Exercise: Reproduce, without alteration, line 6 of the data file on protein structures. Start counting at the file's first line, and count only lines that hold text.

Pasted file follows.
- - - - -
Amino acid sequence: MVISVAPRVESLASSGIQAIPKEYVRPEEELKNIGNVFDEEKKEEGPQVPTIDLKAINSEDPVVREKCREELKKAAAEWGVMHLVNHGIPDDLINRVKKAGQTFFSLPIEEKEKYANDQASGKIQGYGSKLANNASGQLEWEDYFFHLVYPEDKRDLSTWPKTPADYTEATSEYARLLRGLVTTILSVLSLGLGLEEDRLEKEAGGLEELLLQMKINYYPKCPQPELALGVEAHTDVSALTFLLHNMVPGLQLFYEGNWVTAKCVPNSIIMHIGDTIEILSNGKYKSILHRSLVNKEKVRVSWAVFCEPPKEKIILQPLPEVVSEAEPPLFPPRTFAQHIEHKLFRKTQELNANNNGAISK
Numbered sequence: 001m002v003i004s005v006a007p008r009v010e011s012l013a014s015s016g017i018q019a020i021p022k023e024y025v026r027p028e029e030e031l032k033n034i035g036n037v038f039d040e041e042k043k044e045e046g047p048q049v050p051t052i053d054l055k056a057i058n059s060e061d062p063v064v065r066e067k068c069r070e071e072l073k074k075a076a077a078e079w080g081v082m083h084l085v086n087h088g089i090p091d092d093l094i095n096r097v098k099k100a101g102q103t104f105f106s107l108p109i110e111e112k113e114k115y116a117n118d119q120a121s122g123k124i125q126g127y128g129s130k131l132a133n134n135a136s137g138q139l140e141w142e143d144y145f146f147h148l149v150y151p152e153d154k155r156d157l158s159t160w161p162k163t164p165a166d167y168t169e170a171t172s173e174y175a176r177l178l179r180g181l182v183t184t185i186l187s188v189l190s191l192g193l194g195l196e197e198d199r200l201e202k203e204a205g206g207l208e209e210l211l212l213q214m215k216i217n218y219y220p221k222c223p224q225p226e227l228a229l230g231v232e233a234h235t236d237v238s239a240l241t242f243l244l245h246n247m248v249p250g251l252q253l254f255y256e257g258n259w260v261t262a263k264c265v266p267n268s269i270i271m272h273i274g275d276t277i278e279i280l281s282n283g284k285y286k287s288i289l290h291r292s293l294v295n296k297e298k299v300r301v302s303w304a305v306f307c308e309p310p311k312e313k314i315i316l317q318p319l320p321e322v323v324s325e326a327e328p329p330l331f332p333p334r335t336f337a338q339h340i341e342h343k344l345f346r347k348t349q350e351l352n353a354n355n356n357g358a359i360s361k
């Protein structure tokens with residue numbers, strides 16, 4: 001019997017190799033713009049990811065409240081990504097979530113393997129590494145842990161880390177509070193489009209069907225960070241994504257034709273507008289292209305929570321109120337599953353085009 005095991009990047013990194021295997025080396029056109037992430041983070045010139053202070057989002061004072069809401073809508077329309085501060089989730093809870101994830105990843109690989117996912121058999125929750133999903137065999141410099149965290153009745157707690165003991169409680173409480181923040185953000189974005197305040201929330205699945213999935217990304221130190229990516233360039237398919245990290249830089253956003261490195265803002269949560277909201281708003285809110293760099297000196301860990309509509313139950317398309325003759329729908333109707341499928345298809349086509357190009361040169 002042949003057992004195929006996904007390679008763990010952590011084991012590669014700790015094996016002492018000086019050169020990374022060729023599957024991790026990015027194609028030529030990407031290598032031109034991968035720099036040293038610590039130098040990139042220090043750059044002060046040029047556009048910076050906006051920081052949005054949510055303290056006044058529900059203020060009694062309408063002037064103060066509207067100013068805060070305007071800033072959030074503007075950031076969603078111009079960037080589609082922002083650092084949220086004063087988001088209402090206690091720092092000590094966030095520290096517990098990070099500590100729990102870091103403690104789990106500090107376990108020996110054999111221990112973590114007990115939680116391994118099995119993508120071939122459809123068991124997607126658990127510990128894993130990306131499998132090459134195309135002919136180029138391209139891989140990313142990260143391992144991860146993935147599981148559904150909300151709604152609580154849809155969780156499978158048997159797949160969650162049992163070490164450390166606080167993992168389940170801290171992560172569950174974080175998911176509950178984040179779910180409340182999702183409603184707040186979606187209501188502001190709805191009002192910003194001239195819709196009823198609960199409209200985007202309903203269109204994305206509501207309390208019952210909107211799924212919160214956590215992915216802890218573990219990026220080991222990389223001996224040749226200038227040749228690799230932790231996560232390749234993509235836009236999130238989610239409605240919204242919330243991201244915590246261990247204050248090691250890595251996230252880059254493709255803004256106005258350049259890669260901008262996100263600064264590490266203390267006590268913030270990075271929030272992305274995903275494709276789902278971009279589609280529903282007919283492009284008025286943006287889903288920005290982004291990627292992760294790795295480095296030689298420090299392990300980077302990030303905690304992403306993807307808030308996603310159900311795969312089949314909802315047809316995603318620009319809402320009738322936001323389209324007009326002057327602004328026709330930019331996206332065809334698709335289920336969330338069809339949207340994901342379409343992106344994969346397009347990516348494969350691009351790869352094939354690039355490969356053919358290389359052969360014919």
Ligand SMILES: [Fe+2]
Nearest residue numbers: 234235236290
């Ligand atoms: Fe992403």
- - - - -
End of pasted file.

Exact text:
């Ligand atoms: Fe992403």